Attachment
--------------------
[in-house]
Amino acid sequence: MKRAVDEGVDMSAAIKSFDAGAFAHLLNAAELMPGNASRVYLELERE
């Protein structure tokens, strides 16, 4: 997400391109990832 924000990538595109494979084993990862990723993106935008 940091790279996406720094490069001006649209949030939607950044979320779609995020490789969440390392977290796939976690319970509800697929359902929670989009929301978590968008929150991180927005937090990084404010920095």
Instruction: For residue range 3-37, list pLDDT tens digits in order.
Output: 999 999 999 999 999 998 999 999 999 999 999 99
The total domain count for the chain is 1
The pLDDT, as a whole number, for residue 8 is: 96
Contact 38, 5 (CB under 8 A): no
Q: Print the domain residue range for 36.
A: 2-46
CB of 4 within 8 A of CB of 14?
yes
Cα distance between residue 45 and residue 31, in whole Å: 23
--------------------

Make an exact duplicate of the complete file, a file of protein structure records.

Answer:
[in-house]
Amino acid sequence: MKRAVDEGVDMSAAIKSFDAGAFAHLLNAAELMPGNASRVYLELERE
């Protein structure tokens, strides 16, 4: 997400391109990832 924000990538595109494979084993990862990723993106935008 940091790279996406720094490069001006649209949030939607950044979320779609995020490789969440390392977290796939976690319970509800697929359902929670989009929301978590968008929150991180927005937090990084404010920095």
Instruction: For residue range 3-37, list pLDDT tens digits in order.
Output: 999 999 999 999 999 998 999 999 999 999 999 99
The total domain count for the chain is 1
The pLDDT, as a whole number, for residue 8 is: 96
Contact 38, 5 (CB under 8 A): no
Q: Print the domain residue range for 36.
A: 2-46
CB of 4 within 8 A of CB of 14?
yes
Cα distance between residue 45 and residue 31, in whole Å: 23